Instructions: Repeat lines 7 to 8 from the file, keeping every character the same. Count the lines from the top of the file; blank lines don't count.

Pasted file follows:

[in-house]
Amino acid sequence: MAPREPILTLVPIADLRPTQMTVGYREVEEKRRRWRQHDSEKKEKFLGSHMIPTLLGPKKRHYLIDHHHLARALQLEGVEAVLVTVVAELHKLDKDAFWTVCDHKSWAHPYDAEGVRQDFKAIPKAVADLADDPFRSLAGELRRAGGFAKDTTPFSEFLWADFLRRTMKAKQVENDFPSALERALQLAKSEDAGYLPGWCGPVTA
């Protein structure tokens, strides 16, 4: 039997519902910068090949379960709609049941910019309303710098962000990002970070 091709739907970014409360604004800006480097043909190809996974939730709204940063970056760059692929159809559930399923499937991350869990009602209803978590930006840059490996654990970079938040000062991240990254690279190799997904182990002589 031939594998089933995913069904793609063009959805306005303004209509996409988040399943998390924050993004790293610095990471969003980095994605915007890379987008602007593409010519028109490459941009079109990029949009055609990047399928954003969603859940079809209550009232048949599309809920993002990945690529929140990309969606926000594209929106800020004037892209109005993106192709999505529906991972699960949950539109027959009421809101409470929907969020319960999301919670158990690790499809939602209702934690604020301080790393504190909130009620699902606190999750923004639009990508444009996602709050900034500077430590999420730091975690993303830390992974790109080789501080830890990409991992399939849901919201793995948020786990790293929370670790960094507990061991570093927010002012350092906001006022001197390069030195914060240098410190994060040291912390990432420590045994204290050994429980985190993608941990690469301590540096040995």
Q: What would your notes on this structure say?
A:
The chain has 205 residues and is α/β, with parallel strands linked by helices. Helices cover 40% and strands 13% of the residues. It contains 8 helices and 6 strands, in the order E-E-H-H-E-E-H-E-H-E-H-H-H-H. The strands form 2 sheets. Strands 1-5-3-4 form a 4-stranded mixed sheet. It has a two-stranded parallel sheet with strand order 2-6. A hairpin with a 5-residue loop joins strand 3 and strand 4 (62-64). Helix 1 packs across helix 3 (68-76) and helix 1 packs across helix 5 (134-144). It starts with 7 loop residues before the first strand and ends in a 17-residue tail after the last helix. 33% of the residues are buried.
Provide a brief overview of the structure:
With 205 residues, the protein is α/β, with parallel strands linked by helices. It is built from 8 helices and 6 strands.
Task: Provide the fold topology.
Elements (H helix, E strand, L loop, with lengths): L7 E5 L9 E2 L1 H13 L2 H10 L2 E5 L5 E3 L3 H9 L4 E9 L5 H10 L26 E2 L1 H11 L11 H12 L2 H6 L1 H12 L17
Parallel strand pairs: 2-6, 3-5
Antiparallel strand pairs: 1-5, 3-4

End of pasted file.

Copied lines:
Provide a brief overview of the structure:
With 205 residues, the protein is α/β, with parallel strands linked by helices. It is built from 8 helices and 6 strands.